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Alice Dauriach


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Visiting address Roslagsvägen 101, Kräftriket hus 2B och 10A
Postal address Stockholm Resilience Centre 106 91 Stockholm

About me

Alice Dauriach's research focuses on understanding how financial markets, large corporations, and financial secrecy interact with the Earth system at a global level


Dauriach's PhD is part of the Global Economic Dynamics and the Biosphere Programme, at the Royal Swedish Academy of Sciences.

The preliminary objective of her thesis is to uncover if and how financial secrecy enables the pursuit of environmentally damaging economic activities, with the risk of disrupting critical biomes and eroding the resilience of the biosphere. Secrecy jurisdictions (or ‘tax havens’), allow a degree of opacity in global financial markets which undermines the enforcement of regulations, the tax revenue of nations, and the accountability of government officials. This may ultimately reduce the ability of countries to democratically govern the use of natural commons and to lead the transformation to sustainability in the context of Agenda 2030.


A selection from Stockholm University publication database
  • 2018. Victor Galaz (et al.). Nature Ecology & Evolution 2 (9), 1352-1357

    The release of classified documents in the past years have offered a rare glimpse into the opaque world of tax havens and their role in the global economy. Although the political, economic and social implications related to these financial secrecy jurisdictions are known, their role in supporting economic activities with potentially detrimental environmental consequences have until now been largely ignored. Here, we combine quantitative analysis with case descriptions to elaborate and quantify the connections between tax havens and the environment, both in global fisheries and the Brazilian Amazon. We show that while only 4% of all registered fishing vessels are currently flagged in a tax haven, 70% of the known vessels implicated in illegal, unreported and unregulated fishing are, or have been, flagged under a tax haven jurisdiction. We also find that between October 2000 and August 2011, 68% of all investigated foreign capital to nine focal companies in the soy and beef sectors in the Brazilian Amazon was transferred through one, or several, known tax havens. This represents as much as 90-100% of foreign capital for some companies investigated. We highlight key research challenges for the academic community that emerge from our findings and present a set of proposed actions for policy that would put tax havens on the global sustainability agenda.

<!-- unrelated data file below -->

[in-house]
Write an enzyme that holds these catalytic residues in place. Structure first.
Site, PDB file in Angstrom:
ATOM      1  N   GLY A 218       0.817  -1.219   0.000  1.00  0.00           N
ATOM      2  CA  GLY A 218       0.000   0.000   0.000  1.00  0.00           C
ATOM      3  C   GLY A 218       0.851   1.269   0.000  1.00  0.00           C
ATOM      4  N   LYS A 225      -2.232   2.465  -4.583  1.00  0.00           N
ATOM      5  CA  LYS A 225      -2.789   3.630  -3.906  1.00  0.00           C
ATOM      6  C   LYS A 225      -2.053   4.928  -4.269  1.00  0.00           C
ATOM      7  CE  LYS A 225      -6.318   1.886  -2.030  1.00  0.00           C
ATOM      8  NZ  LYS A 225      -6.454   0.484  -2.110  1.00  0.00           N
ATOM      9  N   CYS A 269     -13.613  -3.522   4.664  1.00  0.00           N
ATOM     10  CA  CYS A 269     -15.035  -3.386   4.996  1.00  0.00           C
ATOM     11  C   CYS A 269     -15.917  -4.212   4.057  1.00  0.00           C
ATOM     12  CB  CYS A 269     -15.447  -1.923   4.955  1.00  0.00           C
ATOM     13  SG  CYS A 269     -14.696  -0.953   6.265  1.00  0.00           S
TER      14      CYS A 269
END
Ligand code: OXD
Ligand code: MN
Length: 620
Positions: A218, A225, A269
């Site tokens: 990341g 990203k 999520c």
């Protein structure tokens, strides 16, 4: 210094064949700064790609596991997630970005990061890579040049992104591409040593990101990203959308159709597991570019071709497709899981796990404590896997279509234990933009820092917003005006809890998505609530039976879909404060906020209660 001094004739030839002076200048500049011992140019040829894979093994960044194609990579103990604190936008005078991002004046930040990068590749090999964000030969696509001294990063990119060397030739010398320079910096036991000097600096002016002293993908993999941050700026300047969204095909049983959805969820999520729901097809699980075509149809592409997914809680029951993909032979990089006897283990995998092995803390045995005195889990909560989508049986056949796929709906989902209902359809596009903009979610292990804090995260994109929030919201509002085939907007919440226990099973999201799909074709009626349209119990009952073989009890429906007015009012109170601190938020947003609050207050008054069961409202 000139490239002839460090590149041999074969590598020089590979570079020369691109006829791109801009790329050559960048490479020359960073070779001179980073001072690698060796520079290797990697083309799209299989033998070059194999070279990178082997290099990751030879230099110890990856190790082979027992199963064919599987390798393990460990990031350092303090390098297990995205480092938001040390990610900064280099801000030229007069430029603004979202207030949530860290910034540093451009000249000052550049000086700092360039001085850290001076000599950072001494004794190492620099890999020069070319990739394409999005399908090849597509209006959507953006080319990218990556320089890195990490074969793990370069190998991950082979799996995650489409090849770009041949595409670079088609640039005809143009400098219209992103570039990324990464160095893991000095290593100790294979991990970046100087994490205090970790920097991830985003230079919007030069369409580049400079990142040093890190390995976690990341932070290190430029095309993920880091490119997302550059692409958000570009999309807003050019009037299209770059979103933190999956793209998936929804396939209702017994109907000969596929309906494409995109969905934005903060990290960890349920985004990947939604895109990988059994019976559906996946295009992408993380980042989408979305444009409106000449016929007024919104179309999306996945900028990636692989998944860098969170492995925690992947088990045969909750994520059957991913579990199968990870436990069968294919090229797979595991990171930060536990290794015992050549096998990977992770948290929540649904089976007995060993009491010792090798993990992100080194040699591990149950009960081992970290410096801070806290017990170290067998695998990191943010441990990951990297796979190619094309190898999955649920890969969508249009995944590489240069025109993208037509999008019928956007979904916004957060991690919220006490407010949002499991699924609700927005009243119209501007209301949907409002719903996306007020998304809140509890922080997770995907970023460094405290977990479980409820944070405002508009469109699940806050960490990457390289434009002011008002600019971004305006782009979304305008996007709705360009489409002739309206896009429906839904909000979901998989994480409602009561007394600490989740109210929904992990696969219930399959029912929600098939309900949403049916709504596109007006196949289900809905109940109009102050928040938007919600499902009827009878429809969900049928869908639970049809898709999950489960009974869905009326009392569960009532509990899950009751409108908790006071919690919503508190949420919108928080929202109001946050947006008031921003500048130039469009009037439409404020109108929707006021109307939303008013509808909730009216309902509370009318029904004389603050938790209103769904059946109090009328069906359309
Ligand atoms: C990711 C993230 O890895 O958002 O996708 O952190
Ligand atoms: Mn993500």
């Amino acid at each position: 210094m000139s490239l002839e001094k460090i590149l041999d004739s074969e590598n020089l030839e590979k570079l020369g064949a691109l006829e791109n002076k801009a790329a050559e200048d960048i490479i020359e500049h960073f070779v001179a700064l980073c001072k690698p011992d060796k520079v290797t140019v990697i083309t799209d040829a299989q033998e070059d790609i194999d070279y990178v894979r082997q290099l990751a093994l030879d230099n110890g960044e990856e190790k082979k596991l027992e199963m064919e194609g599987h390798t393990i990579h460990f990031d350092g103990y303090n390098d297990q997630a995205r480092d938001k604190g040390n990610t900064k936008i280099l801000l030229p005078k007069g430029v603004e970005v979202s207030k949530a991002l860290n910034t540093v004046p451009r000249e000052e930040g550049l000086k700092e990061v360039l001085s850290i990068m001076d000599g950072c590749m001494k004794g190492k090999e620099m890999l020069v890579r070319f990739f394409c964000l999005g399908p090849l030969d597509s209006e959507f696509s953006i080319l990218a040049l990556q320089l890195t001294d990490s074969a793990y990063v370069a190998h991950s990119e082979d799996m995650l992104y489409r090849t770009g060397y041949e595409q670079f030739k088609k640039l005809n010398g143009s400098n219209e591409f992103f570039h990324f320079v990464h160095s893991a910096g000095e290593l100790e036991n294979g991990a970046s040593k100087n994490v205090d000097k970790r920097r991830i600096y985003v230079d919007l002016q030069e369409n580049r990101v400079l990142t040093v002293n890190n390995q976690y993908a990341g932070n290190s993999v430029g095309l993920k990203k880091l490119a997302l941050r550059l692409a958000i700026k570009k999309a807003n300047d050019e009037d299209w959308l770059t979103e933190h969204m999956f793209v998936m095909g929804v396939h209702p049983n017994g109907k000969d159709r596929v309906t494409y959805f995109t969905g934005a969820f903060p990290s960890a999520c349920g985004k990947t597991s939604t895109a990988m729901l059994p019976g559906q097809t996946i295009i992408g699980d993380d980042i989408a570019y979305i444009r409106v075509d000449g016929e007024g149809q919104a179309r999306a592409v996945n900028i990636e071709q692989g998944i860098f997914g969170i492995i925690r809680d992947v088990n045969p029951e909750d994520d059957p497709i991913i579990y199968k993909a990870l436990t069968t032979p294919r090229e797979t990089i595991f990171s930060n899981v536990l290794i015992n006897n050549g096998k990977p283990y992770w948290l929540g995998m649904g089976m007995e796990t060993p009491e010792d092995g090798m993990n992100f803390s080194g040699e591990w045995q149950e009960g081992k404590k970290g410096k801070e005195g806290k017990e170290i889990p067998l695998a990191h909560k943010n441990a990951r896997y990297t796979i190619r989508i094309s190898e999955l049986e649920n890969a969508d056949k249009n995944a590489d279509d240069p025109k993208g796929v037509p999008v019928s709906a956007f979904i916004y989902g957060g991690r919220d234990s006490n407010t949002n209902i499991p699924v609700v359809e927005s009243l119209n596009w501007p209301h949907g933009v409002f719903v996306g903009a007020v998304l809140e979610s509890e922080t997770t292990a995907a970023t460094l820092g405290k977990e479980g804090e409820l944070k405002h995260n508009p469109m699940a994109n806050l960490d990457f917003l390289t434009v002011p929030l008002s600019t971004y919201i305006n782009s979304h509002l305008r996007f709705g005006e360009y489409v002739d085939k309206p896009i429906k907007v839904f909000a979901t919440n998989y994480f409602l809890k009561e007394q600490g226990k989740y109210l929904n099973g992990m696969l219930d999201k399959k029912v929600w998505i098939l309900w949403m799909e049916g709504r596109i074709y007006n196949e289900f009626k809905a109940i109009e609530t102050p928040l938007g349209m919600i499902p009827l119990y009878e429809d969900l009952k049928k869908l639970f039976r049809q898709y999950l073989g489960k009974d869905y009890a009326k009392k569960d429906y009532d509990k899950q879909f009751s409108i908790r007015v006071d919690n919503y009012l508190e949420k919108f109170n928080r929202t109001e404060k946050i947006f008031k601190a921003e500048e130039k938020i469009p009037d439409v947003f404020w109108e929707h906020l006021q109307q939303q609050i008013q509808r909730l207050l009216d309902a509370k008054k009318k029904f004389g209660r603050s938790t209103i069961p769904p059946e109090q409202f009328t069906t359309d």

Show all publications by Alice Dauriach at Stockholm University

Last updated: January 2, 2020

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